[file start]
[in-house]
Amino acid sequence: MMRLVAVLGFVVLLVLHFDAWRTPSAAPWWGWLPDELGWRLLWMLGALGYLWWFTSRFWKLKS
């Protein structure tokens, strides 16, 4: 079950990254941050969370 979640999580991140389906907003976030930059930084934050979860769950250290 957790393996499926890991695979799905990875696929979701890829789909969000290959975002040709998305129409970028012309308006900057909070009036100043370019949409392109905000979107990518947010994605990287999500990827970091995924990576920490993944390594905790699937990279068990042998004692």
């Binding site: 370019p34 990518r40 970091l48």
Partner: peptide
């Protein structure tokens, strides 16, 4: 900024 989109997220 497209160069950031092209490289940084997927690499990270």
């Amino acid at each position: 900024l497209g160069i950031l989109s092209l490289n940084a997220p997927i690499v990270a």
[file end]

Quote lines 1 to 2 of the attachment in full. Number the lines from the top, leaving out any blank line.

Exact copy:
[in-house]
Amino acid sequence: MMRLVAVLGFVVLLVLHFDAWRTPSAAPWWGWLPDELGWRLLWMLGALGYLWWFTSRFWKLKS